Prostate health forum brings awareness to Hampton Roads residents
By Jordan Crawford | 6/17/2013, 4:01 p.m.
Prostate cancer is a form of cancer that develops in the prostate, a gland in the male reproductive system. According to the Prostate Health Guide, over 30 million men suffer from prostate conditions that negatively affect their quality of life.
The guide further states that prostate cancer affects 35 percent of men 50 and over. Over 50 percent of men in their 60s and 90 percent in their 70s or older have symptoms of an enlarged prostate.
The disease affects over 240,000 men in the United States every year taking the lives of about 28,000. According to recent government statistics, the mortality rate for African-American men with the disease is double that.
Charlie Hill, founding member of the Hampton Roads Prostate Health Forum, was diagnosed with prostate cancer in June 2002. He underwent surgery to remove his prostate gland at Johns Hopkins Hospital in December 2002.
Hill transformed his prostate cancer diagnosis and surgery into an ongoing community wide campaign in 2007. This is why Hill works tirelessly to raise awareness among them in particular.
This year, the forum, held this past Saturday at Carver Memorial Presbyterian Church in Newport News, hosted events to coincide with men’s health week, and partnered with The Prostate Health Education Network, offering educational events associated with Father’s Day.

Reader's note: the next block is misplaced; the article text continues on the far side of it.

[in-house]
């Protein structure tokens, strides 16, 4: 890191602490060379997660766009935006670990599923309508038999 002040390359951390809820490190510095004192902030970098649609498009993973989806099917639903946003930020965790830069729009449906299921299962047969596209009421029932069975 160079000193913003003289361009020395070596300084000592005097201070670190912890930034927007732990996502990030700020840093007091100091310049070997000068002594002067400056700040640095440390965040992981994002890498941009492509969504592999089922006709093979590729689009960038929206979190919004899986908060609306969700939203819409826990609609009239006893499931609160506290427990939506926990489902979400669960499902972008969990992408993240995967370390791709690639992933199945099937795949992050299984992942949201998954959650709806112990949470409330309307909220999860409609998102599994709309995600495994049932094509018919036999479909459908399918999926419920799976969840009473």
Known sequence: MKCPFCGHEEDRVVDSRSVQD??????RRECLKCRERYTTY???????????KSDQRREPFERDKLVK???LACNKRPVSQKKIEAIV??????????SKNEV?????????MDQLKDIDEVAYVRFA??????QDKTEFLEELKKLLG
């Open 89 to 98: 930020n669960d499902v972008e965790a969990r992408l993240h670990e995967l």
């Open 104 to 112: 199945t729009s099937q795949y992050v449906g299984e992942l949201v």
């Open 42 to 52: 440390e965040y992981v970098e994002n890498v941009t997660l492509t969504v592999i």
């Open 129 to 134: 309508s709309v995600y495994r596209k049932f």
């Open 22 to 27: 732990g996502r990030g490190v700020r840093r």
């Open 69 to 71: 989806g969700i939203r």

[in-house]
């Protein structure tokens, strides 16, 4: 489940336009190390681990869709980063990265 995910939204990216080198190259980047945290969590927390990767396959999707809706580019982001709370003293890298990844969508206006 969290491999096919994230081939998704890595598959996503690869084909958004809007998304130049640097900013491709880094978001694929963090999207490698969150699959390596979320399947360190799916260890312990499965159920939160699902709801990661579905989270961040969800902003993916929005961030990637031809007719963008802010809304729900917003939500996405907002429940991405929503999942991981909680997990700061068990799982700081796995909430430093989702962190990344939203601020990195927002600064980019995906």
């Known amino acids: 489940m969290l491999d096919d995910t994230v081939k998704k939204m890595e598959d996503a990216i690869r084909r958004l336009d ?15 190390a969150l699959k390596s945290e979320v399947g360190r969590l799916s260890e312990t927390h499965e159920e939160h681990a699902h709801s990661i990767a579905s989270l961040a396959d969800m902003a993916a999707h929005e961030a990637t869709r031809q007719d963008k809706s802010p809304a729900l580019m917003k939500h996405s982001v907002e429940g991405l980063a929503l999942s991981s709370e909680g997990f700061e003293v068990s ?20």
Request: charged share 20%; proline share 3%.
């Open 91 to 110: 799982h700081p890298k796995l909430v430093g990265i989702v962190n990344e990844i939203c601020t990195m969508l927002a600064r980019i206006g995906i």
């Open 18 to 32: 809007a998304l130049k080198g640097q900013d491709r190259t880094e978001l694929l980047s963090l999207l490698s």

In its fifth annual effort, the Education Network aspires to reach one million people with helpful information.
Local urologists and oncologists spoke on the importance of early detection, types of treatment modalities and guidelines, an overview of clinical trials, advanced treatment options and the importance of faith during healing.
Insuring that the message reaches its intended audience, the forum employed the help of members of the Newport News Alumnae Chapter of Delta Sigma Theta Sorority, Inc. Their responsibility was to get all the men they know to attend the events over the weekend.
Rallies and church services were held at St. Mary’s Basilica in Norfolk. These events honored those who have prostate cancer, their caregivers, and those who have died from the disease.
Fact sheets were passed around at local churches and everyone was encouraged to wear blue to honor prostate health on Father’s Day.